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WITH the time and energy we spend in making failure a certainty we might have certain success.
A nonsensical paradox? No; fortunately it is a sober, literal truth, one which holds a great deal of promise.
Suppose a man had an appointment a hundred miles north of his home, and that if he kept it he would be sure of having health, much happiness, fair prosperity, for the rest of his life. He has just time enough to get there, just enough gas in his car. He drives out, but decides that it would be more fun to go twenty-five miles south before starting out in earnest.
That is nonsense! Yes, isn't it? The gas had nothing to do with it; time had no preference as to how it would be spent; the road ran north as well as south, yet he missed his appointment. Now, if that man told us that, after all, he had quite enjoyed the drive in the wrong direction, that in some ways he found it pleasanter to drive with no objective than to try to keep a date, that he had had a touching glimpse of his old home by driving south, should we praise him for being properly philosophical about having lost his opportunity? No, we should think he had acted like an imbecile. Even if he had missed his appointment by getting into a daydream in which he drove automatically past a road sign or two, we should still not absolve him. Or if he had arrived too late from having lost his way when he might have looked up his route on a good map and failed to do so before starting, we might commiserate with him, but we should indict him for bad judgment.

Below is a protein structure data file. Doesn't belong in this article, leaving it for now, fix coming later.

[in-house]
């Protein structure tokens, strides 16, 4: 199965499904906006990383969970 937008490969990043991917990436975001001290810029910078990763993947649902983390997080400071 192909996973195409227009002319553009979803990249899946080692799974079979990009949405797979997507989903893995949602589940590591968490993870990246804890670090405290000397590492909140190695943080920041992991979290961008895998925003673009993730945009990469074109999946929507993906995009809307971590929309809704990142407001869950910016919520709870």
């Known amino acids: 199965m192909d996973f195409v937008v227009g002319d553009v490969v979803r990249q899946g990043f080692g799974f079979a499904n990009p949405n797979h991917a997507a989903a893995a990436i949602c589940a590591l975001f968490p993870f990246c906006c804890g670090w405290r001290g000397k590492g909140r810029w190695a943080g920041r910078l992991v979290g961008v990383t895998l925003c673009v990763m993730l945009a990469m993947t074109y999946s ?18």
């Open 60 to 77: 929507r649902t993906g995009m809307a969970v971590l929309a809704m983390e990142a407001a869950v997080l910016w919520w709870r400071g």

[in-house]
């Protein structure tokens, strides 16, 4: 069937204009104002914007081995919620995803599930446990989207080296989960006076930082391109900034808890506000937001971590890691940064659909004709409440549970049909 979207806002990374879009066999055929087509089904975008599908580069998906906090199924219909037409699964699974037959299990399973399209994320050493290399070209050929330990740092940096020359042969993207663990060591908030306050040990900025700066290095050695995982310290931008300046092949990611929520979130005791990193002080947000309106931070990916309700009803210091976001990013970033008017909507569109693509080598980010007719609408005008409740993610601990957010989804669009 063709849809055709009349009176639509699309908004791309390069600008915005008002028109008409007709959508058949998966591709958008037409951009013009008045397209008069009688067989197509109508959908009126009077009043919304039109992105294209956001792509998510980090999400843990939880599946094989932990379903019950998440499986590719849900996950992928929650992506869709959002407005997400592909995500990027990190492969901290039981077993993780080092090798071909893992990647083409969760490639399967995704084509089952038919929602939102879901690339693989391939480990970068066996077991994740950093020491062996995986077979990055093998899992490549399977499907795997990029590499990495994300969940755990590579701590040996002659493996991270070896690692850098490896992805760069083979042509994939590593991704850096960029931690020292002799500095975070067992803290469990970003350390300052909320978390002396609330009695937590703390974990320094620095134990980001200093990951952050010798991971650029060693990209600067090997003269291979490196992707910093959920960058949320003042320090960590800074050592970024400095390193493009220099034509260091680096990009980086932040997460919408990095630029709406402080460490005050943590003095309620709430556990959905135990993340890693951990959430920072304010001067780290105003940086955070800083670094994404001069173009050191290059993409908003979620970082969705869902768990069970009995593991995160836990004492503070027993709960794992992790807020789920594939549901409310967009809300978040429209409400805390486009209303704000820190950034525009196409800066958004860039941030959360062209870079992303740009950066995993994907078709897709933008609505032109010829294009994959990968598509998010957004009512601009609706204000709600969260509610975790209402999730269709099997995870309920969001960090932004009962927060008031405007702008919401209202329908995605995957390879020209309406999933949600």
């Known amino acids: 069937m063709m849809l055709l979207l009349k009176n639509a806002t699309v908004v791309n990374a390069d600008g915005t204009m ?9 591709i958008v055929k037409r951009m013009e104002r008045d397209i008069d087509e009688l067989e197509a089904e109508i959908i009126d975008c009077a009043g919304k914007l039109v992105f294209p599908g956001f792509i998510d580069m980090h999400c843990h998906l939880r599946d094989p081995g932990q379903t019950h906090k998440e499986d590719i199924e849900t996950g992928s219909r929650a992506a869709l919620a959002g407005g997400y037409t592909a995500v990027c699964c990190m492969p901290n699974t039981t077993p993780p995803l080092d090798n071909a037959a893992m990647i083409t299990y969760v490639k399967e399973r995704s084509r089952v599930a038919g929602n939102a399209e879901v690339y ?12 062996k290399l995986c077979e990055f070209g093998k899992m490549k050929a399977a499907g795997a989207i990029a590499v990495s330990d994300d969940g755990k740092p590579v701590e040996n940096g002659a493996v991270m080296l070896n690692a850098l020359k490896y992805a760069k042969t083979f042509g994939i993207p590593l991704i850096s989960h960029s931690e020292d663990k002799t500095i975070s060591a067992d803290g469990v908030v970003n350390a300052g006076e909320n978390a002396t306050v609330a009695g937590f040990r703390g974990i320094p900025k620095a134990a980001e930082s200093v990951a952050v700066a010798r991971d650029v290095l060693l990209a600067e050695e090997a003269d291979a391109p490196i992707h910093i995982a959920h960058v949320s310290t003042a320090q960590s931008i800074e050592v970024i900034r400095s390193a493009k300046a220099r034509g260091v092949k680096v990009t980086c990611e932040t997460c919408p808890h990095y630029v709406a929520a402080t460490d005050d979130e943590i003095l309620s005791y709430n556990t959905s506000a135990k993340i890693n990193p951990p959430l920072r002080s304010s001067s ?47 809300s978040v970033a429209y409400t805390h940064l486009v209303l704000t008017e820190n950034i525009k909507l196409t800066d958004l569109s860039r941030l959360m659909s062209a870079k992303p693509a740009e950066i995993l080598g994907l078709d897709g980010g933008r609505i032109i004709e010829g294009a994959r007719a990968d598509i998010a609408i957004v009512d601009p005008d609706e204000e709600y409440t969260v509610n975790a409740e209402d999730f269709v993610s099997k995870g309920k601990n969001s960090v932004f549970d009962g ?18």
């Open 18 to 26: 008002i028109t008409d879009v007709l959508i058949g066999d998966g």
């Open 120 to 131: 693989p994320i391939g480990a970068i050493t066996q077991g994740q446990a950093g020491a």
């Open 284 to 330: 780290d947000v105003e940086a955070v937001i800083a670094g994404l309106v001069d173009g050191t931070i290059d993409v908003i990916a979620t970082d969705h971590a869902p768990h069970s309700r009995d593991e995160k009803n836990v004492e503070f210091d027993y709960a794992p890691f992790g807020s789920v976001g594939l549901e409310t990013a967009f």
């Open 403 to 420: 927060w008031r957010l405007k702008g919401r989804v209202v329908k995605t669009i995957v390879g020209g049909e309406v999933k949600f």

Yet when it comes to going straight to the appointments we make with ourselves and our own fulfillment we all act very much like the hero of this silly fable: we drive the wrong way. We fail where we might have succeeded by spending the same power and time.